In this week post I will present to you the case of Phineas Gage, an American railroad worker whose case change drastically the knowledge of the frontal lobes (you can see one of his pictures below). The famous picture of Phineas Gage, holding the metal bar that pierced is skull. From neuroscienze.net This incredible story… Continue reading What happens when a metal bar gets stuck between our cheek and forehead?
Following up on last week’s new theme (have a look here if you missed it), today I will introduce to you a new area of the brain: the amygdala. The amygdala is an almond-shaped cluster of nuclei located deep and medially within the temporal lobes of the brain in complex vertebrates, including humans (see picture… Continue reading How can we start fearing something even before consciously realising it?
In my last week’s post (if you missed it, have a look here), while I was talking about how the first studies on memory started and the animal model used, I mentioned a particular structure of the brain called hippocampus. Since I have been mentioning different areas of the brain also while I was presenting… Continue reading Why is the hippocampus important in memory formation?
Coming back to my last semester of my last year of Master’s in Neurobiology, today I will talk about memory and in particular about the first pioneer studies by the neuroscientist and Nobel Laureate Erik Kandel, that wanted to study memory from a neurophysiological point of view and that demonstrated how learning leaves traces in… Continue reading How did we start to study memory?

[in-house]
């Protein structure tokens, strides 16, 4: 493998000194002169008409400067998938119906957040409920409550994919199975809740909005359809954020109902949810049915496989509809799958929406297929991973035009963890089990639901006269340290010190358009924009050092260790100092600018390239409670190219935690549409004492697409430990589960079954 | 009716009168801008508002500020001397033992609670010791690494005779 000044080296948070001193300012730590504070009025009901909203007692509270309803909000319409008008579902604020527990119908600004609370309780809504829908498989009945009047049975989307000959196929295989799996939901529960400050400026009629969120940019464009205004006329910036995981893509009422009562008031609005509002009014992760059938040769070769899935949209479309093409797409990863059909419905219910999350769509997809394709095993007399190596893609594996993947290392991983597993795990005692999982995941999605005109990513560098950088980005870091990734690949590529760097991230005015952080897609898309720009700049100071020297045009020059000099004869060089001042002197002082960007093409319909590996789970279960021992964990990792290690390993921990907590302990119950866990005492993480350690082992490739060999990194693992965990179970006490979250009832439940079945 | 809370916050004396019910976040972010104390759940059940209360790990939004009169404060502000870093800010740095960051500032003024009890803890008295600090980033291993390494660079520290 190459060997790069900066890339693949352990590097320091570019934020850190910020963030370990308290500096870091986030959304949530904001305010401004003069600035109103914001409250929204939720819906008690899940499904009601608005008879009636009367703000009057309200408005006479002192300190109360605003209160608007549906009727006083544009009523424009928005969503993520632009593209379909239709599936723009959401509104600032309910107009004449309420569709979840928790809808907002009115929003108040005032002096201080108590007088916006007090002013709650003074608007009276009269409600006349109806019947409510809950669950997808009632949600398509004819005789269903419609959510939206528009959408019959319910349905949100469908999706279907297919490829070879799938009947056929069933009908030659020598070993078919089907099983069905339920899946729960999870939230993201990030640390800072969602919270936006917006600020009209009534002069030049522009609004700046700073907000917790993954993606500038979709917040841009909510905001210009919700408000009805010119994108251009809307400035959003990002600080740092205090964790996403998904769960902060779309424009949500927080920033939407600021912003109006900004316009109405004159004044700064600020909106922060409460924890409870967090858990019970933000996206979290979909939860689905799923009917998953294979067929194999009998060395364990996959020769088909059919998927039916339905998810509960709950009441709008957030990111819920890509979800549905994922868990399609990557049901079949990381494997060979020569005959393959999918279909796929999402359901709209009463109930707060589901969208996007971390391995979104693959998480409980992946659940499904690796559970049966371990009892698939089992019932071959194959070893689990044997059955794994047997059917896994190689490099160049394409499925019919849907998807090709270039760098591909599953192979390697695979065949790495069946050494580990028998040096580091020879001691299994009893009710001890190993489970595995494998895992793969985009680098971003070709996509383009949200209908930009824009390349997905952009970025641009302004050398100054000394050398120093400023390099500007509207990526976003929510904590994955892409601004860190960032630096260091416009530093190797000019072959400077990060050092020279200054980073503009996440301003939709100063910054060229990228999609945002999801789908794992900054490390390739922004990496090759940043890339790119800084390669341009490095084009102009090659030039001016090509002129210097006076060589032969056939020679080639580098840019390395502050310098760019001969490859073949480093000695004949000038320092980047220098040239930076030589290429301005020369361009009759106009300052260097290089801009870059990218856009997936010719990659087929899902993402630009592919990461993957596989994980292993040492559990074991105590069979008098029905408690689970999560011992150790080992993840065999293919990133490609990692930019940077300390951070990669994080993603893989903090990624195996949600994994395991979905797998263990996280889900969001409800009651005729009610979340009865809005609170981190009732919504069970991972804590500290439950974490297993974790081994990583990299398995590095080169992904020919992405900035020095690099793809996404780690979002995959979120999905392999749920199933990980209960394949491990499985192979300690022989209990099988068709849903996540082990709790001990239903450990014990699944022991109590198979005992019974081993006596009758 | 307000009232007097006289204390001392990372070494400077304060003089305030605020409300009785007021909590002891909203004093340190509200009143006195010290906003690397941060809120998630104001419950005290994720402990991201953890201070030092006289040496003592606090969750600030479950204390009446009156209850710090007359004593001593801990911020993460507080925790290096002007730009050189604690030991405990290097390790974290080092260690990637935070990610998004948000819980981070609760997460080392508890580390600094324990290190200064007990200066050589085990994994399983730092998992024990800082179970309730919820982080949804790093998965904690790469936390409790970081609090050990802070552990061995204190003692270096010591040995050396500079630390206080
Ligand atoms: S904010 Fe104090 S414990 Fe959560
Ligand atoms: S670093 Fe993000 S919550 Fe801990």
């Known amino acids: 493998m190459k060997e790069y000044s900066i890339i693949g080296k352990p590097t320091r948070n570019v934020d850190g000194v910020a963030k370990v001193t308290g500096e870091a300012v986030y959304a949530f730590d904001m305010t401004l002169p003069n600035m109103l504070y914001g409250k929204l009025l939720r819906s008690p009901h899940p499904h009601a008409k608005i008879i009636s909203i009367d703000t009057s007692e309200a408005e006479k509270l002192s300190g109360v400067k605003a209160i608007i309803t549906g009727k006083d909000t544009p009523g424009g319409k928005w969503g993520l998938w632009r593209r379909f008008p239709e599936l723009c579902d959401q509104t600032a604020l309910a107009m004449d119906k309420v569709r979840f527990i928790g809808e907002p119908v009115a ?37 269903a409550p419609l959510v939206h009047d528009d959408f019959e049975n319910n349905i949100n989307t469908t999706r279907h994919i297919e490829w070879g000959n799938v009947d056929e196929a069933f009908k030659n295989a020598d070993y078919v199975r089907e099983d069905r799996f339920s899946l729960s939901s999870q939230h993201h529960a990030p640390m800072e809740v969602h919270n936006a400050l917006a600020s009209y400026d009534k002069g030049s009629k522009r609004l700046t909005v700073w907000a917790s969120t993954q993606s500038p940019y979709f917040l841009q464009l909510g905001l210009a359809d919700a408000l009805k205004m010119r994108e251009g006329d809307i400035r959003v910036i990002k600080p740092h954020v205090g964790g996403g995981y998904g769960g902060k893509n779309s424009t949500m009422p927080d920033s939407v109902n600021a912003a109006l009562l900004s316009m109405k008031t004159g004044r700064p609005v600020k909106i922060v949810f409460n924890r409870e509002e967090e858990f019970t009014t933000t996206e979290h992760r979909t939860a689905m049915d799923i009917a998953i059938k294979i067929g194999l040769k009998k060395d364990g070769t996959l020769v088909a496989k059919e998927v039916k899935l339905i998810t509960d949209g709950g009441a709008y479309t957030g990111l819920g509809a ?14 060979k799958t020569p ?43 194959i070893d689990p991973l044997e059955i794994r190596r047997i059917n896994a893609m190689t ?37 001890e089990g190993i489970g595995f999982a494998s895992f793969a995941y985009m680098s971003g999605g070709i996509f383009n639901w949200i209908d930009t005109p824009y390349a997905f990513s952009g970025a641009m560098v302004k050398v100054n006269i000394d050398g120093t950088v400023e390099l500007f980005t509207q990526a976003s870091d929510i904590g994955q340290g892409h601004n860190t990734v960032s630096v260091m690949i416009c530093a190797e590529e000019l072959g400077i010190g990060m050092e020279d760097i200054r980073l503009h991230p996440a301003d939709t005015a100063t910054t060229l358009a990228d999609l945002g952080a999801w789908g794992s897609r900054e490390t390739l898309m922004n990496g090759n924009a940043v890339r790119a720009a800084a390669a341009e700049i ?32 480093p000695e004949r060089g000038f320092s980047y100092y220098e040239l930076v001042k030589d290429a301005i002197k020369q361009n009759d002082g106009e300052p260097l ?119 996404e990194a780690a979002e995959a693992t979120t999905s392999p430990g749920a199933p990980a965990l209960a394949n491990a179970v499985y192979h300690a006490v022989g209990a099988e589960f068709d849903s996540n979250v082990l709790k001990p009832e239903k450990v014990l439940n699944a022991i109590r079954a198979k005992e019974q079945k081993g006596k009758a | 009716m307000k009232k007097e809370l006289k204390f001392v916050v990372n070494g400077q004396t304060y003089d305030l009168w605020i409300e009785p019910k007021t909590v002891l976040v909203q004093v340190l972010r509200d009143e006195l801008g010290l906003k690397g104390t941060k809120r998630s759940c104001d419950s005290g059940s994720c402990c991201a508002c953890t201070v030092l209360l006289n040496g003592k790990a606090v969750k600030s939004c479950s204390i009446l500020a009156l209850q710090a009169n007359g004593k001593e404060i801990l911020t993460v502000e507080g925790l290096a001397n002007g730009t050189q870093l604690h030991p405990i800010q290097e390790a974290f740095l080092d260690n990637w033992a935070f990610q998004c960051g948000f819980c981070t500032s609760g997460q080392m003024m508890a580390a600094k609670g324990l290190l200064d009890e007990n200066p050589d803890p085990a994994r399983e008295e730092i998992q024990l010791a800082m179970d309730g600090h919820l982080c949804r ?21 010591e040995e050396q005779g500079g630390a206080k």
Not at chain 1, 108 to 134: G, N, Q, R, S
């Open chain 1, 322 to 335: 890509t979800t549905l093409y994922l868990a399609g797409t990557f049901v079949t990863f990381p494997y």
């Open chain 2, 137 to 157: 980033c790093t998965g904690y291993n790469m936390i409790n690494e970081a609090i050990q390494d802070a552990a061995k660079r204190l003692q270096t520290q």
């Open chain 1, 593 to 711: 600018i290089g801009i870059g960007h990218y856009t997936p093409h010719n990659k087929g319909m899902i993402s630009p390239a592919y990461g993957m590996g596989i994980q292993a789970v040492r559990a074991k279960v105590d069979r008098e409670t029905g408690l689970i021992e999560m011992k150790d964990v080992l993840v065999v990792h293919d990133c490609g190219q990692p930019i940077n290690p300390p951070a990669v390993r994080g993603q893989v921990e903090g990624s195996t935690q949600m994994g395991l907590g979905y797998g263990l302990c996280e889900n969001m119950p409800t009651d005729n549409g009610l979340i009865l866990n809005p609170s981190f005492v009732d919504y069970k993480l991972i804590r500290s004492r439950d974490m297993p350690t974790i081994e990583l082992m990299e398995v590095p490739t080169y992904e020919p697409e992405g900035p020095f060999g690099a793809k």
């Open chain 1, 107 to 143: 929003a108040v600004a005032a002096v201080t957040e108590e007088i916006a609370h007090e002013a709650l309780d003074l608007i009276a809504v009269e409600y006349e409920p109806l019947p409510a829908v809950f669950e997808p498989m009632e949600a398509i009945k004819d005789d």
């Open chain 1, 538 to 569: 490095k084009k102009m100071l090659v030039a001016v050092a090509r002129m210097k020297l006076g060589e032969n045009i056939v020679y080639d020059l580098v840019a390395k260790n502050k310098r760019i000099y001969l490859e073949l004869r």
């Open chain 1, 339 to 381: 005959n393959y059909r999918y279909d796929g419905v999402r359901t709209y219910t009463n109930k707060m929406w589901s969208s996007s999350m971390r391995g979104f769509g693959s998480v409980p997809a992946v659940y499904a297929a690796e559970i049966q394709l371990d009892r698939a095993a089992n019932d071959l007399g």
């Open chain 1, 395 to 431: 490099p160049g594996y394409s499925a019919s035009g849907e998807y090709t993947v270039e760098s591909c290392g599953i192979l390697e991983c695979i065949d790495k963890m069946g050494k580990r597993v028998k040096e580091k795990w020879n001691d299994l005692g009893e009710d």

In March 2015 I finally started my last semester of the Master´s in Neurobiology. Courses-wise, the semester was actually not so intense, we just had two courses, but I finally got repaid of all the efforts I had to put into getting myself around Physics, Neurophysiology and some not-so-nice professors: I was eventually connecting all… Continue reading How is Coca-Cola using Pavlovian conditioning?
After the last few posts about my Neurobiology Master’s thesis, today I would like to follow up on the story of how I ended up doing a PhD in Germany and I will write about the first semester of my second and last year of Master’s. After that pretty hard first year, where I realized… Continue reading What is a prion?
Today I will talk again about the neuromodulators used by the brain (you can find a quick description of what a neuromodulator is here and a description of serotonin, oxytocin, adrenaline and dopamine by clicking on their names) and I will write about the neuropeptide Y (NPY), the most abundant neuropeptide in the brain that,… Continue reading Do we have an anxiolytic neuromodulator?
This week I will take a break from the “brain facts” category and, consequently, from the description of the different neuromodulators our brain use (you can find a quick description of what a neuromodulator is here and a description of serotonin, oxytocin, adrenaline and dopamine by clicking on their names) to talk about a “news… Continue reading What is the CAR-T therapy?
On this post I will continue writing about neurotransmitters (see this post for a quick explanation of the term neurotransmitter) and today I will focus on dopamine, a neurotransmitter involved in movement, or better, motor control (unfortunately, defects in the dopaminergic systems are well known by Parkinson patients and their families) as well as executive… Continue reading What about the “molecule of motivation”?
Following up on my neuromodulators topic (have a look at my previous posts about serotonin and oxytocin), today I will talk about the “stress” or “fight-or-flight” hormone: adrenaline. Experiencing a stressful event usually triggers the release of adrenaline, the “stress hormone”, that in turn produces well-orchestrated physiological changes. The stress response begins in the brain,… Continue reading What is the “fight-or-flight” response?